book report: Over Fields of Fire by Egorova (2010)
I enjoy autobiographies, and the story of the Russian communist ground attack pilot, Anna Alexandrovna Timofeeva-Egorova, who helped repel the Germans from the USSR is better than any work of fiction I've read recently. Over Fields of Fire reads like an oral history, organized chronologically, but roughly transcribed. The amanuensis, if there was one, preferred ellipsis to periods at the end of paragraphs, as if Egorova stopped abruptly. It was annoying but did not take away form her story of determination, luck, hardship, betrayal by her country then redemption. After reading Davies' book, No Simple Victory, and his criticism of Soviet tactics, I had thought of the Red Army in only one dimension, soulless communists. But Egorova did not need a political officer to force her to fly and defend her motherland. She sought work in Moscow before the war to help build a modern subway as an enthusiastic Komsomol member. When she wasn't working underground or sleeping she was learning all she could about flying. Then the war came and she was able to use her abilities for the defense of her country. She defended her country even though her brother was wrongly sent to GULaG. Interestingly to me, her hometown retained its Orthodox priest who performed a funeral for her after her plane went down and she was presumed dead. Although Stalin tried hard to execute most of the clergy, nevertheless, enough remained in out of the way places to serve such purposes. Because Stalin considered all Soviet POW's traitors, she had to endure more mistreatment from her own people, the SMERSH, after surviving her plane crash, extensive burns, and maltreatment by the Nazis in a POW camp. Yet she persevered and insisted on her rights and history, a decorated and highly successful pilot, to retrieve her communist card and return to good standing. She made no headway until after Stalin passed and Krushchev, his successor, declared that mistakes were made and needed to be made right. Hers were made right.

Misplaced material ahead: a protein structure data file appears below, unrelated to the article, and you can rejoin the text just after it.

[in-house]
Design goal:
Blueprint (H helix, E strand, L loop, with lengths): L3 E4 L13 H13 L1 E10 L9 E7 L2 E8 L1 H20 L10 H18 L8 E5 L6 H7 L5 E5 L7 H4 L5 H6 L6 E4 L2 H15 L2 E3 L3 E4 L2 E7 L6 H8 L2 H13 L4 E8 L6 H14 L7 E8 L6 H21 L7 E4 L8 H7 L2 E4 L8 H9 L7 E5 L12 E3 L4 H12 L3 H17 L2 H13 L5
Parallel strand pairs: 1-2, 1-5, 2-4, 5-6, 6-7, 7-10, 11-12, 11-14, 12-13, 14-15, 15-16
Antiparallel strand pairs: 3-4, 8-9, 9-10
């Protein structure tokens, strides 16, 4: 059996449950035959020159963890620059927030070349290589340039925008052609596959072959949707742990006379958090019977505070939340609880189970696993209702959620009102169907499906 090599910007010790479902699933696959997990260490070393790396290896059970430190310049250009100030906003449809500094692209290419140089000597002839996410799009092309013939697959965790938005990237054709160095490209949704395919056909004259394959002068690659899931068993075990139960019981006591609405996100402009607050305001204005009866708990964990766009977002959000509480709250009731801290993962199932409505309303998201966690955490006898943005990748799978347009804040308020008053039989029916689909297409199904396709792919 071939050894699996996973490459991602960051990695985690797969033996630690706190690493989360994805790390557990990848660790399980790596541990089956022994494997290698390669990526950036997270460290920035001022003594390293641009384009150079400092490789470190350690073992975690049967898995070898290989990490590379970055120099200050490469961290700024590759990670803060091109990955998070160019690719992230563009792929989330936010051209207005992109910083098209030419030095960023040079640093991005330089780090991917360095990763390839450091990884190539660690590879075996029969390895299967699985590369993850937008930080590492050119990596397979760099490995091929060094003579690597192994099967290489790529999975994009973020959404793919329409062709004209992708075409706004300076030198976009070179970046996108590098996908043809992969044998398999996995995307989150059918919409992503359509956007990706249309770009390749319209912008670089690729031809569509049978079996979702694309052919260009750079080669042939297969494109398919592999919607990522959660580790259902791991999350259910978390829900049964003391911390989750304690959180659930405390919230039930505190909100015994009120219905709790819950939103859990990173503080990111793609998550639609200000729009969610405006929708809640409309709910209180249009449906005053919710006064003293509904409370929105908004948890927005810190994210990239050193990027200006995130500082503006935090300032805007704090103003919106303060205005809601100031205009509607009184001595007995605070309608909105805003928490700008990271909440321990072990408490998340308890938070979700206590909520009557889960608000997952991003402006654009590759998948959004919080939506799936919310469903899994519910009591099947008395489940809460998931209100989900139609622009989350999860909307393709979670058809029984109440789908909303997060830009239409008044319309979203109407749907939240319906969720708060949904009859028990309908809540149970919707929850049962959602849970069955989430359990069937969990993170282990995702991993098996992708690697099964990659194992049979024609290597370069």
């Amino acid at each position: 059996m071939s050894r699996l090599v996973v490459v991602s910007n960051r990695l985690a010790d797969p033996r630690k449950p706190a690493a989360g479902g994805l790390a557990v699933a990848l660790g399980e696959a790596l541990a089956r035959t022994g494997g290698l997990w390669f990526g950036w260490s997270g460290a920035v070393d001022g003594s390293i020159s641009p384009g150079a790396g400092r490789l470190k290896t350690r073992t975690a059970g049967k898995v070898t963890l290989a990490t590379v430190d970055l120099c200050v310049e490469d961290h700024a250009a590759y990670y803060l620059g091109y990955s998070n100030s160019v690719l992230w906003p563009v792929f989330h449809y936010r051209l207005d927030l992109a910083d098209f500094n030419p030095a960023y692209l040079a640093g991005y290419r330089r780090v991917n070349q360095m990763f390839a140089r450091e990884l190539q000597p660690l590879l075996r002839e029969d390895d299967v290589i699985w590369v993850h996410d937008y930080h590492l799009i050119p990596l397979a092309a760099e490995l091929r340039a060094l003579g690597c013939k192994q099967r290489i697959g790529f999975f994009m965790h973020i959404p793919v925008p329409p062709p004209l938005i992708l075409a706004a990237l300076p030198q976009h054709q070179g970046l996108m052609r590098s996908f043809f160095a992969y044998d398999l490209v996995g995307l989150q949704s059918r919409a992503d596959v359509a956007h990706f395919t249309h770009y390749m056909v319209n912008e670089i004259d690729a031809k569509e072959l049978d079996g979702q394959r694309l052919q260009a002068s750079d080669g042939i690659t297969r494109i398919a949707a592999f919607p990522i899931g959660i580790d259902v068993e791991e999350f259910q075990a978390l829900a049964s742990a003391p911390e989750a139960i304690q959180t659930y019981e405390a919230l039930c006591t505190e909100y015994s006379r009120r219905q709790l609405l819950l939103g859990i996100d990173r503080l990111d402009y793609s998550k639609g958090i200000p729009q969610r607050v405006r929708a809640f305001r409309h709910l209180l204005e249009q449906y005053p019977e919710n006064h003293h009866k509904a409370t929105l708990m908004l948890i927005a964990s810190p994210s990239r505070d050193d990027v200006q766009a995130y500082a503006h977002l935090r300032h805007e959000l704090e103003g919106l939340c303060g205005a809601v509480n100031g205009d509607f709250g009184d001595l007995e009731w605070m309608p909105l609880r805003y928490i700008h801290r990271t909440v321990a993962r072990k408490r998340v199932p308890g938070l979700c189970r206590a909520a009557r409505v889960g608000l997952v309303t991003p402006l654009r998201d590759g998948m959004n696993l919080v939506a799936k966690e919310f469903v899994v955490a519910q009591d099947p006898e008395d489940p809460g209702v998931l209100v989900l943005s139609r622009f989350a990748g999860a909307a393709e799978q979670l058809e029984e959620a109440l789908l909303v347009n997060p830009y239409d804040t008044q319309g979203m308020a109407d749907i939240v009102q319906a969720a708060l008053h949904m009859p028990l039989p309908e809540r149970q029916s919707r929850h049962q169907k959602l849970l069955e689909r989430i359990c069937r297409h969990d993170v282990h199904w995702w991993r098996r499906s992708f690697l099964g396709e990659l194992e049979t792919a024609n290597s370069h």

My one other formatting criticism is the translator's choice to leave too many words untranslated, but footnoted. In a paper version this would not be so bad, but in the Kindle version, it was too much flipping around. I picked this up in the Kindle store when it was temporarily free and it was worth every penny.